I first visited Seabreeze as a teenager, anticipating the much talked about Jack Rabbit roller coaster ride. In the end, I preferred that old standby, the bumper cars. The Jack Rabbit is still there, just as it was (with the requisite maintenance upgrades of course) when it first arrived in 1920 as the then fastest roller coaster in the world.8 While not so hidden, you might not know CBS rates this gem among the top roller coasters in North America. It labels the Jack Rabbit – the oldest continuously-operating roller coaster in America – as “Most Nostalgic.”9

Though this fact may have been concealed from many, the real hidden gem in this story lies a few blocks away in a densely urbanized section of Irondequoit. It’s a wonderful slice of sentimentality, perfect for the young and old alike. I didn’t discover it. My daughter Catarina did while interning for a photographer the summer before her senior year in high school. She didn’t realize just what a gem she had discovered. It was the oldest miniature golf course in the United States.

Miniature golf began as a sport for elites and its courses were actually artistically designed miniature versions (though not replicas) of regulation courses.10 After World War I, released from its highbrow roots, miniature golf became the rage of the masses. The year 1926 marked the advent of rooftop miniature golf and the Manhattan skyline soon found itself with 150 such courses, each bringing in handsome profits to their owners.11 You would think the stock market crash of 1929 would have quelled excitement for this leisure time activity. It didn’t. In fact, 1929 saw the creation of the first miniature golf franchise, Tom Thumb Golf, and while the rest of the stock market sagged into oblivion, Tom Thumb Golf soared like an 1990’s internet stock, quickly capturing a quarter of the entire miniature golf market.12 And so began the era tabbed by miniature golf historian John Margolies as the “1930 Gold Rush.”13 Less expensive than comparable entertainment alternatives, people often chose miniature golf over movies.14 Alas, much like the internet boom of the 1990’s, the “get-rich-quick” era of “midget golf” came to an abrupt end in 1931.15 It wasn’t until post-World War II prosperity that a new era of miniature golf would return, albeit a quite different one, one filled with oversized structures and Rube-Goldberg-like ball paths.16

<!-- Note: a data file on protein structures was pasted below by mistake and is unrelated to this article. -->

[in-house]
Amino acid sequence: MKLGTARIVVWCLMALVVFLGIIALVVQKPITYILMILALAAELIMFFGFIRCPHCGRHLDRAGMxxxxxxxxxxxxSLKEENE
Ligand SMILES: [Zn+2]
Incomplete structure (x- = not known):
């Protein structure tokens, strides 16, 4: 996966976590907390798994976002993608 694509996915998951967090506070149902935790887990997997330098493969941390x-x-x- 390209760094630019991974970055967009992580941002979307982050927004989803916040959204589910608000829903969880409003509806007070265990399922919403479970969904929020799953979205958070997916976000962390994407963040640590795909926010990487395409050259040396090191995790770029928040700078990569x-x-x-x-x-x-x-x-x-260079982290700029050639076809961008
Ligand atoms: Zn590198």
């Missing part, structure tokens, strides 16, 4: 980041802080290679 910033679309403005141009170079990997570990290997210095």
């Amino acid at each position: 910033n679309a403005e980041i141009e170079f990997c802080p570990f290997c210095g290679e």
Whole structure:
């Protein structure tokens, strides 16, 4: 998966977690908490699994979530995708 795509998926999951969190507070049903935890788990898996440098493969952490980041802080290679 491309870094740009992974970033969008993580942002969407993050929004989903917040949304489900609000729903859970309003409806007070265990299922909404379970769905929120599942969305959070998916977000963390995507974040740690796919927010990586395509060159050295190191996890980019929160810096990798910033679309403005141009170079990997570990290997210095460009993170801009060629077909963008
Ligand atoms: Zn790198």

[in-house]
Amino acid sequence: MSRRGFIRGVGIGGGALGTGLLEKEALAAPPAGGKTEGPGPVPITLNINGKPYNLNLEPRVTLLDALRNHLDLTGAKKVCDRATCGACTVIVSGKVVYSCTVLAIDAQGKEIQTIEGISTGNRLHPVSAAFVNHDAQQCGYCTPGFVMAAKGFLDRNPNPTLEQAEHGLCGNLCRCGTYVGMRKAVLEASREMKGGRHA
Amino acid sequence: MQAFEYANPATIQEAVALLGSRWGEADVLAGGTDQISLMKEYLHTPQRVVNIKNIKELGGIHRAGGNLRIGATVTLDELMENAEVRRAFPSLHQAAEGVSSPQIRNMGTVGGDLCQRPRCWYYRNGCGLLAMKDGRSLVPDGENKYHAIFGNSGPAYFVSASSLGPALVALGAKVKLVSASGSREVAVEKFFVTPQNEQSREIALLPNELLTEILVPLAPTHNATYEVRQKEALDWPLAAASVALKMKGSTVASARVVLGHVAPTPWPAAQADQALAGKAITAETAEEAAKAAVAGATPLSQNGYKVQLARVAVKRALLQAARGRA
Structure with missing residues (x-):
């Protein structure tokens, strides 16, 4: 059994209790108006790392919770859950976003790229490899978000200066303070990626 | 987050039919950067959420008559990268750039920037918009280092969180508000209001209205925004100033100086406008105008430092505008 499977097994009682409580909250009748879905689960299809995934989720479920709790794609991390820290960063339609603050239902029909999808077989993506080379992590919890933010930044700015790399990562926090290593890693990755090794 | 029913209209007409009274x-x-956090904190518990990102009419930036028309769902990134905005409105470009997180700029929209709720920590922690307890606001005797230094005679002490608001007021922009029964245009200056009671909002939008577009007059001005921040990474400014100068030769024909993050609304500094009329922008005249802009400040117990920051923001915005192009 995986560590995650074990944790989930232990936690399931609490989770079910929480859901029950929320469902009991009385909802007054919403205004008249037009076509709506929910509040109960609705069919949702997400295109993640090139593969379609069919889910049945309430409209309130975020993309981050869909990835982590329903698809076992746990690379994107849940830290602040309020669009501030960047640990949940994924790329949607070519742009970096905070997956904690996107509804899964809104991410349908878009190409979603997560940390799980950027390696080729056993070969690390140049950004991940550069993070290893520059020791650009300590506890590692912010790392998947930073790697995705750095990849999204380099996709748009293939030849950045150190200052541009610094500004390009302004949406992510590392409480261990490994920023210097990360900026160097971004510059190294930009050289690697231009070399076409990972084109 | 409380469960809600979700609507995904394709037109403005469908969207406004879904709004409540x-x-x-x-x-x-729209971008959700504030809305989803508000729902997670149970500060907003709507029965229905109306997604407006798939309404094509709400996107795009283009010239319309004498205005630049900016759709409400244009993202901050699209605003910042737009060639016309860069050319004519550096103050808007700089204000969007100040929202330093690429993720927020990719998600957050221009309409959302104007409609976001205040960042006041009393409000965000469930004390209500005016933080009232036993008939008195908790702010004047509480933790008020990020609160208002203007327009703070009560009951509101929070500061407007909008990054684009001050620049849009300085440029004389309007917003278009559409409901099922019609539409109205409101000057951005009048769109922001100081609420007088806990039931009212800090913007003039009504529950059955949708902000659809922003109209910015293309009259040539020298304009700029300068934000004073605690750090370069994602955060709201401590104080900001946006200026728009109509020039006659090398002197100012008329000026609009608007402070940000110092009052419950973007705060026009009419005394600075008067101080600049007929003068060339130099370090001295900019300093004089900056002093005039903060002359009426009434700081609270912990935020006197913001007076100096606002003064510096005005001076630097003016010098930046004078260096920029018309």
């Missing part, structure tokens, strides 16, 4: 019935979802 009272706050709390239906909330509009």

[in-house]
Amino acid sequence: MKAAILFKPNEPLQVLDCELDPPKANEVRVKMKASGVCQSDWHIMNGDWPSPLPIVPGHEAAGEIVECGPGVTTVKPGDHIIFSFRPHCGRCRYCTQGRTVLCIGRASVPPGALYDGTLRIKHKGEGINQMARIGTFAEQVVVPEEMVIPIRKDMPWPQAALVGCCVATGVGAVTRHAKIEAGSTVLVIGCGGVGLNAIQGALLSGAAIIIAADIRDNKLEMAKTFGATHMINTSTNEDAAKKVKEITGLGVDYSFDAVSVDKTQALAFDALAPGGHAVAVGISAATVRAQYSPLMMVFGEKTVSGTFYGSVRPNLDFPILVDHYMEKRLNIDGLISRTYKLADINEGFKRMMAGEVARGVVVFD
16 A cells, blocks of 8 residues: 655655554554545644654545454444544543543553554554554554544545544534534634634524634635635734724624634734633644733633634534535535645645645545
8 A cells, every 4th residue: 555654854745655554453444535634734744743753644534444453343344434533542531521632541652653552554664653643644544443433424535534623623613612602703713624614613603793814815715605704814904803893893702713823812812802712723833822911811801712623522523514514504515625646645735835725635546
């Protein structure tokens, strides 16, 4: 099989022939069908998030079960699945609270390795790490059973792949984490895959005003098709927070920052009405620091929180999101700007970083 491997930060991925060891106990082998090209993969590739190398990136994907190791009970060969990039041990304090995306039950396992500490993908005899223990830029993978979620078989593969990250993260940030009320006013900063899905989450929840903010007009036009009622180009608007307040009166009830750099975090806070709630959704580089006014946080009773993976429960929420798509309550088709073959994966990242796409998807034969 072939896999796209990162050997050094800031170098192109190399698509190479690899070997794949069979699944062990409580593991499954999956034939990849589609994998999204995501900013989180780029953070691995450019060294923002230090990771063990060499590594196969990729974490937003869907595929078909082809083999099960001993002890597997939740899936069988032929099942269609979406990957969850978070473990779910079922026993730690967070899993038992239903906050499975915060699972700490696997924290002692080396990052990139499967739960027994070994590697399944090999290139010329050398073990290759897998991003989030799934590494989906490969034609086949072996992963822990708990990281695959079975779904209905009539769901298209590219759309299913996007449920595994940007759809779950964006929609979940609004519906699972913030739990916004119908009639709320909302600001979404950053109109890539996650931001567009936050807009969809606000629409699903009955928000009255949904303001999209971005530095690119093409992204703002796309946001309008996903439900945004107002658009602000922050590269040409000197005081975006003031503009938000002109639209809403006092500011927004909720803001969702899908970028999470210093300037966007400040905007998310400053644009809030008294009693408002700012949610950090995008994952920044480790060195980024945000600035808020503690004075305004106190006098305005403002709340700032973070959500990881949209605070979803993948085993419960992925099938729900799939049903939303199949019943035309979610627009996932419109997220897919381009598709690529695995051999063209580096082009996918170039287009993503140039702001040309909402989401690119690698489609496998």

But we move too fast. Go back to 1930 and the height of the miniature golf gold rush. In that year, in the middle of a typical working class community, the Tall Maples Miniature Golf Course was built. Now called Whispering Pines, it, together with the adjacent Parkside Diner, is currently owned by two brothers, Jim and Greg Papas. Parkside Diner and Miniature Golf is nestled off the shores of Lake Ontario in the Seabreeze neighborhood of Irondequoit, Monroe County.

One Saturday my son Peter’s high school football team played in Irondequoit. After the game I visited Whispering Pines. It really is a comfortable setting. Surrounded by trees, it’s a small, shaded park amidst a modest urban neighborhood. The course itself is a throwback of sorts. Without the ostentatious glamor of modern courses, it’s perfect for younger kids as the holes lack the complicated geometry of the newer layouts. Though a full 18 holes, it also has the advantage of a small footprint, meaning mom and dad can sit on a nearby bench and sip an ice cold pop without the fear they’d lose sight of their kids, who can play safely within the park’s fenced-in perimeter.